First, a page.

|Birthplace:||Setauket- East Setauket, Suffolk, New York, United States|
|Death:||Died in Litchfield, Litchfield, Connecticut, USA|
|Occupation:||Served in U.S. House of Representatives from 1801-1817 (see Wikipedia)|
|Managed by:||Randy Stebbing|
About Benjamin Tallmadge
Wikipedia Biographical Summary:
"...Benjamin Tallmadge (11 February 1754 – 7 March 1835) was a member of the United States House of Representatives. His birth date is alternately listed as February 25, 1754
Tallmadge, the son of a clergyman, was born in Setauket, New York, a hamlet in the Town of Brookhaven on Long Island. Tallmadge graduated from Yale college in 1773, and was a classmate of Nathan Hale.
From 1773-1776 Tallmadge was the superintendent of Wethersfield High School.
American Revolutionary War
Tallmadge was a major in the 2nd Continental Light Dragoons. He was initially commissioned on June 20, 1776. Eventually, he was promoted to the rank of colonel and became the chief intelligence officer for George Washington. He organized the Culper Spy Ring based out of New York City and Long Island during the American Revolutionary War, which is rumored to have revealed the betrayal of Benedict Arnold, though this is disputed. Arnold's captured British contact, Major John André, was placed in Tallmadge's custody until Andre's execution.
On November 21, 1780, Tallmadge and his dragoons rowed across the Long Island Sound from Fairfield, Connecticut to Mt. Sinai, New York. The next day they proceeded to the south shore where they captured and burned down Manor St. George, which the British turned into a fort, and captured the soldiers within. On their march back to Mt. Sinai, Tallmadge stopped in Coram and ordered the burning of 300 tons of hay which the British had been stockpiling for the winter. George Washington, on hearing the news, sent the following letter to Tallmadge:
I have received with much pleasure the report of your successful enterprise upon fort St. George, and was pleased with the destruction of the hay at Coram, which must be severely felt by the enemy at this time. I beg you to accept my thanks for your spirited execution of this business.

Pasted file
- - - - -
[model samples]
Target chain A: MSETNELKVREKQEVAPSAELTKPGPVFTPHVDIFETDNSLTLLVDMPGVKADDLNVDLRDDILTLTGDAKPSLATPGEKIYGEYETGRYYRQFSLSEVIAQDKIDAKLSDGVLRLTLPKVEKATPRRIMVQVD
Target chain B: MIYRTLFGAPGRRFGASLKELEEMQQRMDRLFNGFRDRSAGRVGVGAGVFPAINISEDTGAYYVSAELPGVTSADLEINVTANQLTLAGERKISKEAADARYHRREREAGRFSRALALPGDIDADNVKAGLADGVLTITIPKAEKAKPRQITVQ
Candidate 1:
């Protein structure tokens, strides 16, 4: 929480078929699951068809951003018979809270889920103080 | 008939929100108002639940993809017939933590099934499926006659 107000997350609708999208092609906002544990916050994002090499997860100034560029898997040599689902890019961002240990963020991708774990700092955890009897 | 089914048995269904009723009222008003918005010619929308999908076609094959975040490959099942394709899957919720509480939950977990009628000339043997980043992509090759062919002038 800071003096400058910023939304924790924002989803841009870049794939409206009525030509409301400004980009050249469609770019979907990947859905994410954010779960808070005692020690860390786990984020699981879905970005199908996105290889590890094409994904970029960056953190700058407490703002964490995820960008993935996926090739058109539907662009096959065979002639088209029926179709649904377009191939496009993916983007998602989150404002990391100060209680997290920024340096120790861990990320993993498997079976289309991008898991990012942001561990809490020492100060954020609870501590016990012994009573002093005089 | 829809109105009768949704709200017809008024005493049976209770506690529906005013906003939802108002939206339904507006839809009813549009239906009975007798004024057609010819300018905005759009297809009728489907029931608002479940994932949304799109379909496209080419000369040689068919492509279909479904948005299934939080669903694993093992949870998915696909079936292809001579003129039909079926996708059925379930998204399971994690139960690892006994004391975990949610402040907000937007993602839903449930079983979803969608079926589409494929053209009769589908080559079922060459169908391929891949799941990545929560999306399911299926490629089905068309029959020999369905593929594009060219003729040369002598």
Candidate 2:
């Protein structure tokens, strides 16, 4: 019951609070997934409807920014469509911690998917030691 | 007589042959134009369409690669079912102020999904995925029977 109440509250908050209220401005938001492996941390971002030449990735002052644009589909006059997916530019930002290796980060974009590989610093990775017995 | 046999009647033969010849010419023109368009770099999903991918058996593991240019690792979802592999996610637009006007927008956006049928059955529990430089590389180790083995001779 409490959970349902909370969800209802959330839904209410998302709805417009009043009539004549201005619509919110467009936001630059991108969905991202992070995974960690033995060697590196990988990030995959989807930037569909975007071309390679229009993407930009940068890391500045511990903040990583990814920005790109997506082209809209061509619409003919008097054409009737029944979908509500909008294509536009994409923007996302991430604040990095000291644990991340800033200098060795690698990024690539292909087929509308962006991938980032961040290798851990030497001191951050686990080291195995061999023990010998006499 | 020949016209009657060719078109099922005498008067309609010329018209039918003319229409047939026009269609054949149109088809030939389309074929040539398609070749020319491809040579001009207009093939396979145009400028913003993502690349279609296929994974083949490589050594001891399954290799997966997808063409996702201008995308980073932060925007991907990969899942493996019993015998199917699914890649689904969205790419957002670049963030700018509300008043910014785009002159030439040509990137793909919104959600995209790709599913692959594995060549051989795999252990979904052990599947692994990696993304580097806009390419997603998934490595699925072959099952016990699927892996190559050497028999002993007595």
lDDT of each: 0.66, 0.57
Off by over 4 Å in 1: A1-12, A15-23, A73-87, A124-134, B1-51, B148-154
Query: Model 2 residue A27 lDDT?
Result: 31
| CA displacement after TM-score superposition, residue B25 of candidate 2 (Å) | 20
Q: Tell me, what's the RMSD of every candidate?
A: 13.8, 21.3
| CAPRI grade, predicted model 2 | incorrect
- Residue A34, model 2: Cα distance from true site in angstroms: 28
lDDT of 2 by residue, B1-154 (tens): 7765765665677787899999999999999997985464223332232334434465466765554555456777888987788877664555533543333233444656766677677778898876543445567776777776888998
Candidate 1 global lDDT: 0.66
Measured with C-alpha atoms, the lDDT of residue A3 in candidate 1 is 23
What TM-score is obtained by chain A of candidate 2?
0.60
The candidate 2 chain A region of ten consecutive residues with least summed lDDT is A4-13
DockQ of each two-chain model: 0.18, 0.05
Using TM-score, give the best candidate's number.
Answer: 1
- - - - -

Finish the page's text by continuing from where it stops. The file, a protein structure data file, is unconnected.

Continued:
The Tallmadge Trail is marked along the route Tallmadge and his dragoons took from Mt. Sinai to Mastic Heights.
After War Years
After the war, Tallmadge married one of the daughters of William Floyd, settled in Connecticut. In 1783 Tallmadge settled in Litchfield, Connecticut. He was appointed the town's postmaster in 1792.
Tallmadge was the first president of the Phoenix Branch Bank. He served first as treasurer and eventually as secretary of the Society of the Cincinnati.
He was elected to the U.S. House of Representatives from 1801-1817. He was a member of the Federalist Party. This meant that during his entire congressional career he was part of the party that was in the minority. In 1816 he declined to be run for reelection.
Tradition has it that Tallmadge was considered one of the most handsome men of the American Revolution.
Tallmadge died in Litchfield, Connecticut on March 7, 1835. He was interred in East Cemetery.
Tallmadge, Ohio is named after Benjamin Tallmadge..."
SOURCE: Wikipedia contributors, 'Benjamin Tallmadge', Wikipedia, The Free Encyclopedia, 21 November 2010, 15:47 UTC, <http://en.wikipedia.org/w/index.php?title=Benjamin_Tallmadge&oldid=398068858> [accessed 17 March 2011]
Benjamin Tallmadge's Timeline
February 25, 1754
Setauket- East Setauket, Suffolk, New York, United States
August 29, 1792
March 7, 1835
Litchfield, Litchfield, Connecticut, USA
Litchfield, Litchfield, CT, USA